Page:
The quest to create two embryos using eggs from the two remaining female Northern White Rhinos and frozen sperm from deceased males is a success.
This simply means renewed hope for the fate of the Northern White Rhino in Kenya.
“We collected ten eggs, five from each female. And we had two embryos from one of the two females, which is 20%, which is what we normally achieve in equine reproduction, so we get the same efficiency. So we were positively surprised by such efficiency (success)”, said co-founder and director of Avantea, Cesare Galli.
“If Fatu is not killed by someone then we can produce 20, 30 embryos in the duration of the Bio Rescue project.”
The international team working on this project in Italy is pleased with progress thus far.
“If Fatu is not killed by someone then we can produce 20, 30 embryos in the duration of the Bio Rescue project. Our expectation, once the technology is perfected for egg transfer, in horses we need to implant two embryos to get one foal. Why not expect the same efficiency from the rhino?”, Galli queried.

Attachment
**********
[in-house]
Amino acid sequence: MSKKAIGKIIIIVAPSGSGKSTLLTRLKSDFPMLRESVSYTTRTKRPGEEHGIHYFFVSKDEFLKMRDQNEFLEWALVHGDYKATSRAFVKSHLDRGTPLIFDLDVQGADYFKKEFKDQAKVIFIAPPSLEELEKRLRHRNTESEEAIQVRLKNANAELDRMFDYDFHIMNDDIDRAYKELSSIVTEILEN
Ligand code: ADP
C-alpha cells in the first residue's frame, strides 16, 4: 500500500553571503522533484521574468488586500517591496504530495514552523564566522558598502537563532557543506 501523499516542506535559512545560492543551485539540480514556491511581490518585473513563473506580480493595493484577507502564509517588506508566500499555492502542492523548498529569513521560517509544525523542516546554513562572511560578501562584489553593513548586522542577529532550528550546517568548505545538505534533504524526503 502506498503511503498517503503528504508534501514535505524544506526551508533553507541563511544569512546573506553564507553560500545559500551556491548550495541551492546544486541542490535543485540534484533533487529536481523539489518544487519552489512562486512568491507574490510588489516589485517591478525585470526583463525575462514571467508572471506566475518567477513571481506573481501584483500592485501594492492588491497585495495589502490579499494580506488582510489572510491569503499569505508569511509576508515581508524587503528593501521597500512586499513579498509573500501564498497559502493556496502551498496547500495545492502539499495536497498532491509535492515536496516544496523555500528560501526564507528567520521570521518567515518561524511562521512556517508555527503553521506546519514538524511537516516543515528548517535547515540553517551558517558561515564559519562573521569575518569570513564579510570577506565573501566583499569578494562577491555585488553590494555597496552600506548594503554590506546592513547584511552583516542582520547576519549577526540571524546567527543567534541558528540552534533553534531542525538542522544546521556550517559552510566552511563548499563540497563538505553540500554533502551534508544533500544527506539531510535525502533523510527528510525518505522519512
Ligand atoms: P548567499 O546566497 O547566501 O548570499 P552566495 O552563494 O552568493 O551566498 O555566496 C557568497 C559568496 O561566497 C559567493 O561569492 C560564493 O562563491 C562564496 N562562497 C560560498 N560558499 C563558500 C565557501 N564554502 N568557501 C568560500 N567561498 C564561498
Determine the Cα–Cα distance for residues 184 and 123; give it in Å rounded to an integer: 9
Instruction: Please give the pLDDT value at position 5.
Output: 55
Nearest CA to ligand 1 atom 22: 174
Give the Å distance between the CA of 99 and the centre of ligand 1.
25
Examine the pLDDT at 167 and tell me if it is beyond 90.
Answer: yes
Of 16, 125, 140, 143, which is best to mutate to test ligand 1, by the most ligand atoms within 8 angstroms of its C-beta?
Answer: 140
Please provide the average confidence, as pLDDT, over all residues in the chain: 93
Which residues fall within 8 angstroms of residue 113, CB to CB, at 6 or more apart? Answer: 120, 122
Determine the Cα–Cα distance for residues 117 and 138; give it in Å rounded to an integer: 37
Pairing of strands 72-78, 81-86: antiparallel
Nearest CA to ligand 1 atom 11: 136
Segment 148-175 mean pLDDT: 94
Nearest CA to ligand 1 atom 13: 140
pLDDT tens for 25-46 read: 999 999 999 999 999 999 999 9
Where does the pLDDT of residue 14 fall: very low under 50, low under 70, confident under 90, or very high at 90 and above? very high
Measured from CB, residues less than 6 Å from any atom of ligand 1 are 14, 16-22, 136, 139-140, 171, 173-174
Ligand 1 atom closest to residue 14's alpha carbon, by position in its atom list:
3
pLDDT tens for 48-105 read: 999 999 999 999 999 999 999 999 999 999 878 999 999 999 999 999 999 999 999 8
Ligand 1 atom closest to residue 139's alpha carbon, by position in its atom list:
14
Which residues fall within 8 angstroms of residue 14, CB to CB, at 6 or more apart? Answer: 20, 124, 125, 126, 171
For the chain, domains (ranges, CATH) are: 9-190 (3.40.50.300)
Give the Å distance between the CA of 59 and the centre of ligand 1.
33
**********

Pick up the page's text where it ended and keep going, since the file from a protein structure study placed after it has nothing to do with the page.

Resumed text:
The two embryos are now stored in liquid nitrogen and will be transferred into a Southern White rhino who will act as a surrogate mother in the near future.
Thomas Hildebrandt is head of department of reproduction management, leibniz institute for zoo and wildlife research and bio rescue project head.
“I think there is a potential new life demonstrated by these new northern white rhino embryos, is an incredible example of that you should not give up. We have two infertile females, no male and these two females represent a key species and a very fragile and complex ecosystem, that were taken out by criminal activity and today we could demonstrate that the human race is not only destroying our planet, they find alternatives to restore what was done wrong in the past”, he said.
The Northern White rhino is on the verge of extinction, but this latest turn raises our hopes that the species will survive.
The ultimate aim is to create a herd of at least five animals that could be returned to their natural habitat in Africa. This could take many years and with time,we can make that happen.